Wednesday, April 17, 2019

Politically incorrect paper: Given that sex egalitarian countries tend to have the greatest sex differences in personality & occupational choices, sex specific policies (increasing vacancies for the sex with lower hire proportion) may not be effective

Sex and Care: The Evolutionary Psychological Explanations for Sex Differences in Formal Care Occupations. Peter Kay Chai Tay, Yi Yuan Ting and Kok Yang Tan. Front. Psychol., April 17 2019.

Abstract: Men and women exhibit clear differences in occupational choices. The present article elucidates sex differences in terms of formal care occupational choices and care styles based on evolutionary psychological perspectives. Broadly (1) the motivation to attain social status drives male preference for occupations that signals prestige and the desire to form interpersonal affiliation underlies female preference for occupations that involve psychosocial care for people in need; (2) ancestral sex roles leading to sexually differentiated cognitive and behavioral phenotypic profiles underlie present day sex differences in care styles where men are things-oriented, focusing on disease management while women are people-oriented, focusing on psychosocial management. The implications for healthcare and social care are discussed and recommendations for future studies are presented.

Definitions of Care

There are clear sex preferences in the Science, Technology, Engineering, and Mathematics (STEM) domains (Lippa, 2010), and we expect the same sex preferences to underlie the formal care domains. Although sex ratio in STEM occupations has become less unbalanced in recent years, the sex differences remain in social disciplines such as Health and Welfare which has a greater proportion of female Ph.D. graduates (59%), contrasting with engineering, manufacturing, and construction (28%) (European Commission, 2016). Sex differences are also notable within formal care occupations. Globally, females outnumber males overwhelmingly and this sex difference is consistent across all ages, where the bulk of the female workers occupy people oriented professions such as nurses and social workers (Gupta et al., 2003; Rocheleau, 2017; Ministry of Manpower, 2018). The Luxemburg Income Study conducted with eighteen participating countries in Europe, America, Asia, and Oceania showed that across countries, at least 62–85% of health workers are females (Gupta et al., 2003). Specifically, a greater proportion of females worked in the nursing and midwifery specializations compared to physicians. In the following sections, we use EP theoretical frameworks to explicate the evolutionary roots that underlie these patterns.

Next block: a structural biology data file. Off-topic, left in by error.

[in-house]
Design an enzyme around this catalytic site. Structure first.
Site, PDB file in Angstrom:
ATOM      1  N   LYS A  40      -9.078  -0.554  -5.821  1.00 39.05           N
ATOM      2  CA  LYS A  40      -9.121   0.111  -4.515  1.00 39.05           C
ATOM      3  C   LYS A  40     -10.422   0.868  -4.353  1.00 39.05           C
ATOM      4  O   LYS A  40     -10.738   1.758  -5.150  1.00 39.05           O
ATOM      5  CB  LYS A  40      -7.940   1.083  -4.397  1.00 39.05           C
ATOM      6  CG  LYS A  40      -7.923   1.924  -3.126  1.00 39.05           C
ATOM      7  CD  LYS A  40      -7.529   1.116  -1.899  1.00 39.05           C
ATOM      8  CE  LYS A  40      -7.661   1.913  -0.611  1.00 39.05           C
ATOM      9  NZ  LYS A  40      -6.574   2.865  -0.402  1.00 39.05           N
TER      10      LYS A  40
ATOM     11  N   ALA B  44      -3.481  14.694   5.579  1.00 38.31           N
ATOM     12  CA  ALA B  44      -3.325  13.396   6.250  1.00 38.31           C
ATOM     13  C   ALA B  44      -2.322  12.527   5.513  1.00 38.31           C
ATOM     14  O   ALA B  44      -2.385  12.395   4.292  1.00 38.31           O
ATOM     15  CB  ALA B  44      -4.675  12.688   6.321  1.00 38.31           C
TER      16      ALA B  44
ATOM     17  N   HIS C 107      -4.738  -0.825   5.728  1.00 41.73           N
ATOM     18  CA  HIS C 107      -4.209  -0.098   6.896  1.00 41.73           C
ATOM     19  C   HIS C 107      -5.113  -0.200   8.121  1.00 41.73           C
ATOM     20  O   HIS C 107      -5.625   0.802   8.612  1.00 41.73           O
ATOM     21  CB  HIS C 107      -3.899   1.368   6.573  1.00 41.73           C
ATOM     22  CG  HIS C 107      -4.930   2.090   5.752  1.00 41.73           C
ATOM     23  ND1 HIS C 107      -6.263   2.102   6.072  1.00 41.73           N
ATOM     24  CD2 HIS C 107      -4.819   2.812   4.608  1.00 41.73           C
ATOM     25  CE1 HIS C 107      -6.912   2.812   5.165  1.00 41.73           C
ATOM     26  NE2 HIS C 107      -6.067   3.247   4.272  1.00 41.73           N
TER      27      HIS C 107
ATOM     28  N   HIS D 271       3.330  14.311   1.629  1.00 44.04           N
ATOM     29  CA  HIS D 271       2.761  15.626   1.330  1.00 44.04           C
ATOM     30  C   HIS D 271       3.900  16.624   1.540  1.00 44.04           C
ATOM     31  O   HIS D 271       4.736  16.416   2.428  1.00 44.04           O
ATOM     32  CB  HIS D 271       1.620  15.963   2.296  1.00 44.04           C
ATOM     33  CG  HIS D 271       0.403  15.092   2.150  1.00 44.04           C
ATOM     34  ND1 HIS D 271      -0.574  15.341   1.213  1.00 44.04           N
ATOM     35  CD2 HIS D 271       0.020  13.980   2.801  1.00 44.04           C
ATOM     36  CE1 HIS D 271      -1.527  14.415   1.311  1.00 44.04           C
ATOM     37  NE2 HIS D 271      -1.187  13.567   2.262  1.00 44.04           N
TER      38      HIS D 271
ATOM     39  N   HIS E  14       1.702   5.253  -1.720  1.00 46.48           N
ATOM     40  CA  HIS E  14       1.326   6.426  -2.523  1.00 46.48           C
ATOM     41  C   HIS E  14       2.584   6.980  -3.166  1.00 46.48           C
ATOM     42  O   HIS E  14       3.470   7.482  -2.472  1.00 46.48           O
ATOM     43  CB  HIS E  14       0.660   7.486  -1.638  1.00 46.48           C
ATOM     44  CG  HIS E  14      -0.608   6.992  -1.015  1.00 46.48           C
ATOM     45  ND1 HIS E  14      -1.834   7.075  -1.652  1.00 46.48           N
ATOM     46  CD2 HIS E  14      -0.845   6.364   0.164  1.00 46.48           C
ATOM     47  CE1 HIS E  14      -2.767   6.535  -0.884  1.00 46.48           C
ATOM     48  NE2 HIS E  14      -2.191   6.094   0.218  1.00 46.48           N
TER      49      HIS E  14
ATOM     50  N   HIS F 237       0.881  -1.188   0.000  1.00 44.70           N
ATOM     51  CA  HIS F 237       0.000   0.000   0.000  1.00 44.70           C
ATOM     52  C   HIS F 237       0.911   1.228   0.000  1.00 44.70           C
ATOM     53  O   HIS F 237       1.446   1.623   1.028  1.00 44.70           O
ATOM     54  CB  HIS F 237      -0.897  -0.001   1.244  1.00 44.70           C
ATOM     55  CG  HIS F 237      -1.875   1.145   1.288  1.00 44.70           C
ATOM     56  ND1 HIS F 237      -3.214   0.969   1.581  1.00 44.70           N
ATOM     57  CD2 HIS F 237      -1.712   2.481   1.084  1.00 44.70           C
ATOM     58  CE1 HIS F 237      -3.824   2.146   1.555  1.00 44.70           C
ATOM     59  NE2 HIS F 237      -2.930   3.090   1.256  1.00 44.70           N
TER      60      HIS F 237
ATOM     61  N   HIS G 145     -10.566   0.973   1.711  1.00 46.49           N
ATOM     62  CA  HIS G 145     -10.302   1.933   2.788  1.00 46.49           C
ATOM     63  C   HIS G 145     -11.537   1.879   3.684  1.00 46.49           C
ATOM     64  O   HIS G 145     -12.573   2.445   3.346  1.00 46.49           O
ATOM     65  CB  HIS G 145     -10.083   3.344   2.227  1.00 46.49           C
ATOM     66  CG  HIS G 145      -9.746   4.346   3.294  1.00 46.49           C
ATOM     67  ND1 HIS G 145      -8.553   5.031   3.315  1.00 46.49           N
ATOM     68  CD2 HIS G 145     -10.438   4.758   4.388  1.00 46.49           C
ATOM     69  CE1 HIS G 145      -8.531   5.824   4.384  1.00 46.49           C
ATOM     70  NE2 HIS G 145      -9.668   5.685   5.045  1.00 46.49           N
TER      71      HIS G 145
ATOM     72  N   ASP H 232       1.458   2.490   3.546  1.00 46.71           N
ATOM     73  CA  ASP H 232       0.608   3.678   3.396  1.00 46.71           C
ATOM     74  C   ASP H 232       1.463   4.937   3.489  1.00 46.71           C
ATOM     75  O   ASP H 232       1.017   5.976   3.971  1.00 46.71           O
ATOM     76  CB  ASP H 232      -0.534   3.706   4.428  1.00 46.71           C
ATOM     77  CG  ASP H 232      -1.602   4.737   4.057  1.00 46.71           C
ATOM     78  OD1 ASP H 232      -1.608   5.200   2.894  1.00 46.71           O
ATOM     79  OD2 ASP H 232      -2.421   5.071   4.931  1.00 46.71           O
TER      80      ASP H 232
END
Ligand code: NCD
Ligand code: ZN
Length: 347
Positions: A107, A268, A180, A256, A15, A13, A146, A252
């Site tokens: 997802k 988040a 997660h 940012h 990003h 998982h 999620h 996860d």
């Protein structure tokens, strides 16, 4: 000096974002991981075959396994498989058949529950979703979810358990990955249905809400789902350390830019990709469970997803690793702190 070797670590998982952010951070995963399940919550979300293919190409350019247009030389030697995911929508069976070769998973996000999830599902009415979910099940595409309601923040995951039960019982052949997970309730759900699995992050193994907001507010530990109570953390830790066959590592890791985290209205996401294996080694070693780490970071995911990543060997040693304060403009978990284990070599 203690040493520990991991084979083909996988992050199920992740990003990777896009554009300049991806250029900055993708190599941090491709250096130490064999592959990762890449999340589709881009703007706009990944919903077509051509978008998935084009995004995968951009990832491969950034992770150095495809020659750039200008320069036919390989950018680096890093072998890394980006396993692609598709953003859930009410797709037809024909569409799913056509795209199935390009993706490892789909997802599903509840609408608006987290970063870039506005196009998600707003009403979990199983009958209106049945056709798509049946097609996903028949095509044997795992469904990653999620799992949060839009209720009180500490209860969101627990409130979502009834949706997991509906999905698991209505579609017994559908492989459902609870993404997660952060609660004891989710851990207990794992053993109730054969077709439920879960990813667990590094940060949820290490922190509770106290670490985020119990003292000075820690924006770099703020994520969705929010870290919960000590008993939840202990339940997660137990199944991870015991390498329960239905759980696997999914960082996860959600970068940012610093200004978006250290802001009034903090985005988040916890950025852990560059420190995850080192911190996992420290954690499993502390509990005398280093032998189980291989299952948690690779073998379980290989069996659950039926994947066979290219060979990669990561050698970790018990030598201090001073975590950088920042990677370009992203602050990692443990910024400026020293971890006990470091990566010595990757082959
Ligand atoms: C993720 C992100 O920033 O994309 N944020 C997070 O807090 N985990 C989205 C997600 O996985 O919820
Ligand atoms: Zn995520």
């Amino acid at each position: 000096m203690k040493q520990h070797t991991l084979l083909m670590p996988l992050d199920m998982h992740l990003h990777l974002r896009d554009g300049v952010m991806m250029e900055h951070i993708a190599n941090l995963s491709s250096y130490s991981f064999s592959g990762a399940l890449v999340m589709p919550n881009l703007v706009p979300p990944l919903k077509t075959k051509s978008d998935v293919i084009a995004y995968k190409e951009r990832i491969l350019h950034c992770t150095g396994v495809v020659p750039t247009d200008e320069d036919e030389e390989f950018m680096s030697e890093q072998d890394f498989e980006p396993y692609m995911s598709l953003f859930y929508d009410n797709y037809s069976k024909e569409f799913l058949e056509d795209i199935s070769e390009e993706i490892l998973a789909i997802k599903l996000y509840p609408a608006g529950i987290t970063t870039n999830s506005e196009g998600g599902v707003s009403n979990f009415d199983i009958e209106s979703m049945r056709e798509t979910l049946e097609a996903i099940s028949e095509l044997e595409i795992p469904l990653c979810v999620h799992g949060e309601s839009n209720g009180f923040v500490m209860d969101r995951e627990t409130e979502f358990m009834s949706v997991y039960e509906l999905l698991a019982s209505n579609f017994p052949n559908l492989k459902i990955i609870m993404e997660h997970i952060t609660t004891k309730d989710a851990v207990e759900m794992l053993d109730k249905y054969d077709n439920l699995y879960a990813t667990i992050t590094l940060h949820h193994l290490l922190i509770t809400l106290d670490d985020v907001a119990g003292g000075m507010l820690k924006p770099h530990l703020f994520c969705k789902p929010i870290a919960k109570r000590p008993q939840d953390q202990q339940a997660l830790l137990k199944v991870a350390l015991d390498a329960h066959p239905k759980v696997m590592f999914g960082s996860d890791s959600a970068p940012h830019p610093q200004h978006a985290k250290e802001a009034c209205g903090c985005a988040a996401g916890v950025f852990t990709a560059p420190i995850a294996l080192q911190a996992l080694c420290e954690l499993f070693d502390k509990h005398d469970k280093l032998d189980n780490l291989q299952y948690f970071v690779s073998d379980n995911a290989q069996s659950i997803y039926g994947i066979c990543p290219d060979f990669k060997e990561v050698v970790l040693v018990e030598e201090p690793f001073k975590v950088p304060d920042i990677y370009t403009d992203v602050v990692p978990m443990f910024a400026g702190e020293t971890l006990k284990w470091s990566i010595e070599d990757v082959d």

Human Resource
Given that sex egalitarian countries tend to have the greatest sex differences in personality and occupational choices (Charles and Bradley, 2009; Lippa, 2010), sex specific policies such as increasing vacancies for the sex with lower hire proportion may not be effective. For instance, although demand for male-dominated blue-collar professions (e.g., manufacturing, mechanics) is shrinking while demand for female-dominated healthcare industry is growing, the resultant excess in male population in the work force did not lead to a corresponding increase in male employment in “pink-collar” formal care professions such as nursing or healthcare aides (Dill, 2017). Similarly, an overemphasis on sex-ratio reversal policies undermines the stronger effect of innate preferences. In particular, policies skewed toward promoting atypical sex employment may not ultimately lead to balanced sex employment and may be counterproductive. For instance, medical enrolment in favor of female applicants may place some eligible male applicants at a disadvantage (McKinstry, 2008). Furthermore, even though female students have a slight advantage in many STEM subjects compared to male students, female students nevertheless tend to pursue non-STEM education (Stoet and Geary, 2018).